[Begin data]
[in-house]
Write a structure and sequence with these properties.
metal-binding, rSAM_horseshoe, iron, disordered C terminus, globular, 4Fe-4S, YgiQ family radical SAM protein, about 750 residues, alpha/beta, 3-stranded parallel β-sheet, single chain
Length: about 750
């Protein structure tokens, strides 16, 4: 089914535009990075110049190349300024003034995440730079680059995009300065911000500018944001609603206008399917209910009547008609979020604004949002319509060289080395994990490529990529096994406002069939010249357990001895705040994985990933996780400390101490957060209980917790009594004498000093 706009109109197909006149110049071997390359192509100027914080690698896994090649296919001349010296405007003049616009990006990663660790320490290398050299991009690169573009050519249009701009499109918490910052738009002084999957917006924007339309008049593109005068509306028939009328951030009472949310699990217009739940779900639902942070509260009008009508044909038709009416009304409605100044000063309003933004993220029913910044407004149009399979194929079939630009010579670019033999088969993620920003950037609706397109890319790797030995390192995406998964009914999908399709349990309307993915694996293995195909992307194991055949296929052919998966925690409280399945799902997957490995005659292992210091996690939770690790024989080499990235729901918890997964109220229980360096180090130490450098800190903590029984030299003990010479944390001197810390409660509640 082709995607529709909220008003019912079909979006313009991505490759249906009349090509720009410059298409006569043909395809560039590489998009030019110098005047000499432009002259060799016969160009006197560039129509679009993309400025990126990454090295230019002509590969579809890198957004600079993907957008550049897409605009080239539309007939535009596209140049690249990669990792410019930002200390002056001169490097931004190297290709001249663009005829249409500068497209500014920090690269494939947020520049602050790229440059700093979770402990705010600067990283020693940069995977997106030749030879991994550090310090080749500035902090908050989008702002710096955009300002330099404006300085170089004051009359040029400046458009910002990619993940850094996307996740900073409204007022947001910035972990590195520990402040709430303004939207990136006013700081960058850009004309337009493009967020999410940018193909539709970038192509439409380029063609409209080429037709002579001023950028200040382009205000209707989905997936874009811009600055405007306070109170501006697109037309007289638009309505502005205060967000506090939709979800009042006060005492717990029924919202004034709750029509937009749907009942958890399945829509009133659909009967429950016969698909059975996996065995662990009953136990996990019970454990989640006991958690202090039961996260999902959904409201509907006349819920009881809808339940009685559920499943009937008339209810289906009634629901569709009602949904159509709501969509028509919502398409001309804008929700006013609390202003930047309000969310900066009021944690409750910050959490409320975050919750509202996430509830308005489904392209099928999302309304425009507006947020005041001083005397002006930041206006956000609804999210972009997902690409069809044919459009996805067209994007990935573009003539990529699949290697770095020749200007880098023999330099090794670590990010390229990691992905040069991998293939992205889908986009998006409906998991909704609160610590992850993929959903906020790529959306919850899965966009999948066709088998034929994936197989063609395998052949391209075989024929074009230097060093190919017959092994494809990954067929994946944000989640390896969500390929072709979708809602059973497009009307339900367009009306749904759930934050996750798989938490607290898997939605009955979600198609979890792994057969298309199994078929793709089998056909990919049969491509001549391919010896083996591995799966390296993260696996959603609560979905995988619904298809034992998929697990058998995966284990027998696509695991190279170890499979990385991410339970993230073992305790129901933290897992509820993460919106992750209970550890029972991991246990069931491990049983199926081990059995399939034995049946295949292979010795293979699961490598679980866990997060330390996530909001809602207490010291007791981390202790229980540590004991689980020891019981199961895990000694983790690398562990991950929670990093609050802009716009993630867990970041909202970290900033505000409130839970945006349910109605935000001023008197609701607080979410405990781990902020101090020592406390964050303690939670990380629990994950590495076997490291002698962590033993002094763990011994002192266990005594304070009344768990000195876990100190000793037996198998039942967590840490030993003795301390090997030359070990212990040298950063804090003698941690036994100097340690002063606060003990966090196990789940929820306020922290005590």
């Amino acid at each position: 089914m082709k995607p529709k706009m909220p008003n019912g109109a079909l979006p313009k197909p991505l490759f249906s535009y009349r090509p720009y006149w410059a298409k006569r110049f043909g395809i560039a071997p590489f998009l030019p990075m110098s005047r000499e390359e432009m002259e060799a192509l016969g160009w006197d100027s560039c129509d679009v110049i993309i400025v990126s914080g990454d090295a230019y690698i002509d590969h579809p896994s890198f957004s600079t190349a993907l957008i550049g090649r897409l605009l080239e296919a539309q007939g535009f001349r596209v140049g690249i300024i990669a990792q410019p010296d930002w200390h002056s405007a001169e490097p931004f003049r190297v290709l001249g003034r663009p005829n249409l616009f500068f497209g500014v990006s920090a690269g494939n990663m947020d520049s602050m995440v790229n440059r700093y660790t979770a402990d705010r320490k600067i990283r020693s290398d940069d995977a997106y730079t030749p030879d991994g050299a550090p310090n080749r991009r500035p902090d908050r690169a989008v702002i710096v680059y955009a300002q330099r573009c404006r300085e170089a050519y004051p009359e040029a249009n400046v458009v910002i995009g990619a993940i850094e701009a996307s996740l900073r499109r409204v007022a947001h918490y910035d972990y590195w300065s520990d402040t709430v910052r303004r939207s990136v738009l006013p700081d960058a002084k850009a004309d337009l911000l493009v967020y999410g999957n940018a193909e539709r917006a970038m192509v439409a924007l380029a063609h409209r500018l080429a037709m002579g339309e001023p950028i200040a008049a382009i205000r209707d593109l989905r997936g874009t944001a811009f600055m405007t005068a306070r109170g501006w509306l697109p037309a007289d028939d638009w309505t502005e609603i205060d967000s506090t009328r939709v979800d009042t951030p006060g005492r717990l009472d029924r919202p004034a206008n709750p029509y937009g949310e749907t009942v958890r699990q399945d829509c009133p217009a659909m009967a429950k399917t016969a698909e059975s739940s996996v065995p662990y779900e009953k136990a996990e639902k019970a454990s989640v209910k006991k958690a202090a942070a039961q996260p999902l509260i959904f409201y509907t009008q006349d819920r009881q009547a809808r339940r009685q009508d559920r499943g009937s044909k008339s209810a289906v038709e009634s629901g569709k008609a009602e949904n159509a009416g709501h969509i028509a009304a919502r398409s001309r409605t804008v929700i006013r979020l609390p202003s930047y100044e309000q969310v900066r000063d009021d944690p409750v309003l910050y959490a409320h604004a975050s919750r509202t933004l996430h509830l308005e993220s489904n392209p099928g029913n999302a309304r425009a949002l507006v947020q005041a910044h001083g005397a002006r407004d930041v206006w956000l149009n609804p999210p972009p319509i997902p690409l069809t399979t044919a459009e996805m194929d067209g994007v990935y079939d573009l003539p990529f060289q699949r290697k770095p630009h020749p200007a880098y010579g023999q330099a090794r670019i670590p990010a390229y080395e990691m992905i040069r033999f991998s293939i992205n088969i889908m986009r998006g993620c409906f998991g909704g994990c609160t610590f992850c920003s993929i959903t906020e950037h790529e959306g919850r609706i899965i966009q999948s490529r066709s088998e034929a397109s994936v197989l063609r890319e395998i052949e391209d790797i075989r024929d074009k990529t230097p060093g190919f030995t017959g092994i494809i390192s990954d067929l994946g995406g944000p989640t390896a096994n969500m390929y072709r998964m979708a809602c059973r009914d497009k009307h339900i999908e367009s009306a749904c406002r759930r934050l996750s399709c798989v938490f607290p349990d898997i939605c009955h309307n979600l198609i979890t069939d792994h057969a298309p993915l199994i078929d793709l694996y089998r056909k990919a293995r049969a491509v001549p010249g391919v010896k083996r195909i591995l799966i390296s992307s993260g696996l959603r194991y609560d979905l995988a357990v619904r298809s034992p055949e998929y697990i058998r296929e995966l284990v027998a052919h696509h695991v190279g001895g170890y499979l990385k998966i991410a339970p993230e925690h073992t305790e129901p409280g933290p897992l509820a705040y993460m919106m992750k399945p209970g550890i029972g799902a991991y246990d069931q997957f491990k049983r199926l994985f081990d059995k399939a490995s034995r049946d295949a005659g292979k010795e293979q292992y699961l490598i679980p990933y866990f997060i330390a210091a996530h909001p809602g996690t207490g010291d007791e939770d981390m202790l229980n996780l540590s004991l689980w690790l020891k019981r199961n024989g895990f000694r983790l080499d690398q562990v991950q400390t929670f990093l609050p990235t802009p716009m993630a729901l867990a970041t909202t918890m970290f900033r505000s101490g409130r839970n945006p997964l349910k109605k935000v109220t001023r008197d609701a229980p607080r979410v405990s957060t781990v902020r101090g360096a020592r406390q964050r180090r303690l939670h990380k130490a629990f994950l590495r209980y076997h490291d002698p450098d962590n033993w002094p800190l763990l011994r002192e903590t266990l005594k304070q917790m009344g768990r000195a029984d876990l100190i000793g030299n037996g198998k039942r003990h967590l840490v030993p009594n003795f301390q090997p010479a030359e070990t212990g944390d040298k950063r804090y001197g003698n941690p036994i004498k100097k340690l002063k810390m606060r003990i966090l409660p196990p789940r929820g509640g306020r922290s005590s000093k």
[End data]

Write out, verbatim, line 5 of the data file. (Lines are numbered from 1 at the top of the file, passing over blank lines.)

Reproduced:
């Protein structure tokens, strides 16, 4: 089914535009990075110049190349300024003034995440730079680059995009300065911000500018944001609603206008399917209910009547008609979020604004949002319509060289080395994990490529990529096994406002069939010249357990001895705040994985990933996780400390101490957060209980917790009594004498000093 706009109109197909006149110049071997390359192509100027914080690698896994090649296919001349010296405007003049616009990006990663660790320490290398050299991009690169573009050519249009701009499109918490910052738009002084999957917006924007339309008049593109005068509306028939009328951030009472949310699990217009739940779900639902942070509260009008009508044909038709009416009304409605100044000063309003933004993220029913910044407004149009399979194929079939630009010579670019033999088969993620920003950037609706397109890319790797030995390192995406998964009914999908399709349990309307993915694996293995195909992307194991055949296929052919998966925690409280399945799902997957490995005659292992210091996690939770690790024989080499990235729901918890997964109220229980360096180090130490450098800190903590029984030299003990010479944390001197810390409660509640 082709995607529709909220008003019912079909979006313009991505490759249906009349090509720009410059298409006569043909395809560039590489998009030019110098005047000499432009002259060799016969160009006197560039129509679009993309400025990126990454090295230019002509590969579809890198957004600079993907957008550049897409605009080239539309007939535009596209140049690249990669990792410019930002200390002056001169490097931004190297290709001249663009005829249409500068497209500014920090690269494939947020520049602050790229440059700093979770402990705010600067990283020693940069995977997106030749030879991994550090310090080749500035902090908050989008702002710096955009300002330099404006300085170089004051009359040029400046458009910002990619993940850094996307996740900073409204007022947001910035972990590195520990402040709430303004939207990136006013700081960058850009004309337009493009967020999410940018193909539709970038192509439409380029063609409209080429037709002579001023950028200040382009205000209707989905997936874009811009600055405007306070109170501006697109037309007289638009309505502005205060967000506090939709979800009042006060005492717990029924919202004034709750029509937009749907009942958890399945829509009133659909009967429950016969698909059975996996065995662990009953136990996990019970454990989640006991958690202090039961996260999902959904409201509907006349819920009881809808339940009685559920499943009937008339209810289906009634629901569709009602949904159509709501969509028509919502398409001309804008929700006013609390202003930047309000969310900066009021944690409750910050959490409320975050919750509202996430509830308005489904392209099928999302309304425009507006947020005041001083005397002006930041206006956000609804999210972009997902690409069809044919459009996805067209994007990935573009003539990529699949290697770095020749200007880098023999330099090794670590990010390229990691992905040069991998293939992205889908986009998006409906998991909704609160610590992850993929959903906020790529959306919850899965966009999948066709088998034929994936197989063609395998052949391209075989024929074009230097060093190919017959092994494809990954067929994946944000989640390896969500390929072709979708809602059973497009009307339900367009009306749904759930934050996750798989938490607290898997939605009955979600198609979890792994057969298309199994078929793709089998056909990919049969491509001549391919010896083996591995799966390296993260696996959603609560979905995988619904298809034992998929697990058998995966284990027998696509695991190279170890499979990385991410339970993230073992305790129901933290897992509820993460919106992750209970550890029972991991246990069931491990049983199926081990059995399939034995049946295949292979010795293979699961490598679980866990997060330390996530909001809602207490010291007791981390202790229980540590004991689980020891019981199961895990000694983790690398562990991950929670990093609050802009716009993630867990970041909202970290900033505000409130839970945006349910109605935000001023008197609701607080979410405990781990902020101090020592406390964050303690939670990380629990994950590495076997490291002698962590033993002094763990011994002192266990005594304070009344768990000195876990100190000793037996198998039942967590840490030993003795301390090997030359070990212990040298950063804090003698941690036994100097340690002063606060003990966090196990789940929820306020922290005590």